Same-Sex Marriage: Who Decides?
RJLipkin at aol.com
RJLipkin at aol.com
Thu Sep 8 13:24:20 PDT 2005
I haven't been able to faithfully follow the development of this thread, but
does the legislative history of the recent bill reveal why the legislators
enacted it in the face of, what some have argued, is its obvious conflict with
Prop. 22? This together with the related position that Prop. 22 clearly
trumps the recent bill makes its passage incomprehensible.
Please note this thread started with the query of whether opponents
of same-sex marriage can resort to the courts despite repeated pronouncements
that the legislature (and I would add the electoral process) are the
appropriate institutions to resolve the conflict. Should the California courts
strike the legislation down in favor of Prop. 22, those opponents should excoriate
the California courts just as it did the Massachusetts courts? Shouldn't
they? There may be certain differences between the two cases, but at bottom if
there's a political or electoral means to resolve a conflict, should
opponents of same-sex marriage resulting from judge-made law exploit those means and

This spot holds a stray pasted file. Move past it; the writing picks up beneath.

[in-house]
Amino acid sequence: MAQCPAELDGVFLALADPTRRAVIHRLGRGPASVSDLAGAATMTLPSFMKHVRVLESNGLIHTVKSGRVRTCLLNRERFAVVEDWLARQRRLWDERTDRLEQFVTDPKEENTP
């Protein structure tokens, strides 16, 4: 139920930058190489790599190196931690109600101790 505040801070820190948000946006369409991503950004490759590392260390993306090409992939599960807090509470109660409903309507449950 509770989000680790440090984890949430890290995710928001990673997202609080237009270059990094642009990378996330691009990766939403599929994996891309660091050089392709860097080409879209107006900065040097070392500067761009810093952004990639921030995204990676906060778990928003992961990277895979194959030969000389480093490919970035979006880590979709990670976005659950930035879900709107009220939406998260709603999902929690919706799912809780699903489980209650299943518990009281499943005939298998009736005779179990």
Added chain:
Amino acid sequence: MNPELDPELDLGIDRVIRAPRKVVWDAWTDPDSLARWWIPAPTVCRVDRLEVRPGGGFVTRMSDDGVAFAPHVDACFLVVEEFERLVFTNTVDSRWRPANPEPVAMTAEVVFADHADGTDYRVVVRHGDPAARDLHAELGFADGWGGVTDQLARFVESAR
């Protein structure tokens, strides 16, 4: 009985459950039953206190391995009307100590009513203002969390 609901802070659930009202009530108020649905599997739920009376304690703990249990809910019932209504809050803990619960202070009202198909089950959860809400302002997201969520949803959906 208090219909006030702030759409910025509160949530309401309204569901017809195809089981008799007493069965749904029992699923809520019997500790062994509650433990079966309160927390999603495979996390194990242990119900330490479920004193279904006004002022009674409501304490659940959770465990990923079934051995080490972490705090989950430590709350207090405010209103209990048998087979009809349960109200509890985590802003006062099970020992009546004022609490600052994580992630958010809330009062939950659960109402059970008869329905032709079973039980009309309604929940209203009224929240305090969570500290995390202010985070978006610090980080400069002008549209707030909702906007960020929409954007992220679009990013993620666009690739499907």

eschew the courts?
The question of the bill's constitutionality and the question of who
decides this are two significantly different questions, and if one is
opposed to the courts as an answer to the latter question in one case, shouldn't
consistency require opposition in other cases? Selectively choosing who decides
in different cases when the selected arbiter chooses in one's favor on the
merits, no matter how strongly one is persuaded that selective answers to the
institution question are required, permitted, or reasonable, is always a
questionable sell in a society split on just about every relevant conceptual and
moral issue touching these and other conflicts.
Robert Justin Lipkin
Professor of Law
Widener University School of Law
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